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Yeung v. Metropolitan Toronto Condominium Corporation No. 1136 - 2022 ONCAT 137 - 2022-12-02

Corporation:

YMTCC 1136

Date:

2022-12-02

Under:

CAT Decisions - Motion Order

Summary:

In the case of Yeung v. Metropolitan Toronto Condominium Corporation No. 1136, the applicant sought permission to file a new application with the Condominium Authority Tribunal (CAT) after a previous restriction on their access. The CAT had restricted the applicant's access due to a pattern of vexatious conduct and the submission of multiple cases with minor issues. In this request, the CAT denied the applicant's request to submit a new case, citing that the basis of the request was similar to prior requests and the issues in dispute were minor.

The CAT also considered awarding costs to the respondent, but it was determined that an award of $500 in costs was appropriate, given the unique circumstances of the case.

Verdict:

In the case of Yeung v. Metropolitan Toronto Condominium Corporation No. 1136, the Applicant had previously been restricted from filing new applications due to a pattern of vexatious conduct in filing multiple cases. The Applicant requested permission to file a new case, which was denied, and the Respondent was awarded $500 in costs. This case demonstrates that the CAT may restrict an applicant's access to prevent abuse and may award costs if the behavior continues.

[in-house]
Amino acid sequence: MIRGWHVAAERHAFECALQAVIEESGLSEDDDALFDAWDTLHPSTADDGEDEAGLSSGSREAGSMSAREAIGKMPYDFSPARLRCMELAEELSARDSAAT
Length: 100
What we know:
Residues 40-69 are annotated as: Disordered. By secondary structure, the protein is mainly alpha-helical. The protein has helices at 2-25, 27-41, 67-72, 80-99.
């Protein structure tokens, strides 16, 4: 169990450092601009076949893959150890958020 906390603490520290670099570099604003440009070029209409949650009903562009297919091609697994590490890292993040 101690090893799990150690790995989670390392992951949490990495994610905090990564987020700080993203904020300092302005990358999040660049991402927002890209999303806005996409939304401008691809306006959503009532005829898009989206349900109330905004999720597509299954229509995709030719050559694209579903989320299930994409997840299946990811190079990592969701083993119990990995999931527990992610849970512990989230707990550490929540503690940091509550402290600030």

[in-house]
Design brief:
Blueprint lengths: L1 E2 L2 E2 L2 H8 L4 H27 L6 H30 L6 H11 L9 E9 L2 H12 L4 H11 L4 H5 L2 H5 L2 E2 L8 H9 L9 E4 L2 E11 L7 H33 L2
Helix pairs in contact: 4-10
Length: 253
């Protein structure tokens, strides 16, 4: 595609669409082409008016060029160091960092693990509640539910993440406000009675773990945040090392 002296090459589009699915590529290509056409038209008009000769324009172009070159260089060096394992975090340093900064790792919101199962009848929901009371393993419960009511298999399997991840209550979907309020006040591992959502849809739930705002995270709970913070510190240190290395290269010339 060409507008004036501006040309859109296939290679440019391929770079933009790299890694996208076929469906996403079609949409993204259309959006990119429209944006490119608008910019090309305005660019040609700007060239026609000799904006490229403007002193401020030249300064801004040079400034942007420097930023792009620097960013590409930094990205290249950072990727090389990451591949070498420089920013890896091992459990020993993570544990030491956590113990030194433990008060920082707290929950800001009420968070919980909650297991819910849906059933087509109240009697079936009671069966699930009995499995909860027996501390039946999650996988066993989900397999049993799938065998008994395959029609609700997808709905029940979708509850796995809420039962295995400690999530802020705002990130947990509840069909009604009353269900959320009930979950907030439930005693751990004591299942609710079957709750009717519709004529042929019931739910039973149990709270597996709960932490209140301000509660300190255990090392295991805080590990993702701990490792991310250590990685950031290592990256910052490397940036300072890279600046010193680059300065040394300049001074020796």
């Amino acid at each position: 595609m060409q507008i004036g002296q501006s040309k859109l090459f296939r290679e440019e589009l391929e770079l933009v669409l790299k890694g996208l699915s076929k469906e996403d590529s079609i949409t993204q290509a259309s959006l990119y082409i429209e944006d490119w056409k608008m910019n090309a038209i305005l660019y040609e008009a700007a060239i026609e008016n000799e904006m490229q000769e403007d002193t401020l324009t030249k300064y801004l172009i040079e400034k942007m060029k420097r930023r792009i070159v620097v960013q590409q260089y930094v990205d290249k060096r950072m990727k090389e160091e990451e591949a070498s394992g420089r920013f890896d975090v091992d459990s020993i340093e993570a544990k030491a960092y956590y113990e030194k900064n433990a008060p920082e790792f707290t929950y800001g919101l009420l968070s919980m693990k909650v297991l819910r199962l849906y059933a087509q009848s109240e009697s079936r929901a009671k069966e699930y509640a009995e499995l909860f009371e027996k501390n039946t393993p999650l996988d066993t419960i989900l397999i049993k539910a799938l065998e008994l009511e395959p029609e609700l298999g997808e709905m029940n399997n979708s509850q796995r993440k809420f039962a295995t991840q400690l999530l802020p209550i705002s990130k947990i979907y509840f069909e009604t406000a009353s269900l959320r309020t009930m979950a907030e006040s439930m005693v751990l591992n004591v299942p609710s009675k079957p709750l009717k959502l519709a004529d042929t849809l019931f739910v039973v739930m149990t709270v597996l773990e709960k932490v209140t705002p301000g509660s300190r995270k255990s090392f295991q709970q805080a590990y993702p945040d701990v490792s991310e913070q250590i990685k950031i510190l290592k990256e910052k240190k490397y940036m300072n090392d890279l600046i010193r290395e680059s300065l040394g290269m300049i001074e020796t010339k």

Takeaways:

Key Takeaways:

The CAT may restrict access to applicants who engage in vexatious conduct.
Permission to file a new application may be denied if the issues are minor or consistent with past conduct.
The CAT can award costs when a party's behavior is unreasonable, for an improper purpose, or causes additional expenses.
Costs may be awarded to mitigate expenses incurred by the opposing party.
Consequences of unsuccessful applications may escalate in severity.

Recommendations: 

Recommendations:

Parties should use the CAT for legitimate purposes and avoid filing applications for vexatious reasons.
Understand that repetitive and unreasonable conduct can lead to restrictions on filing new cases and may result in cost awards.
Ensure that submissions to the CAT are concise and relevant to the case to avoid escalating costs.

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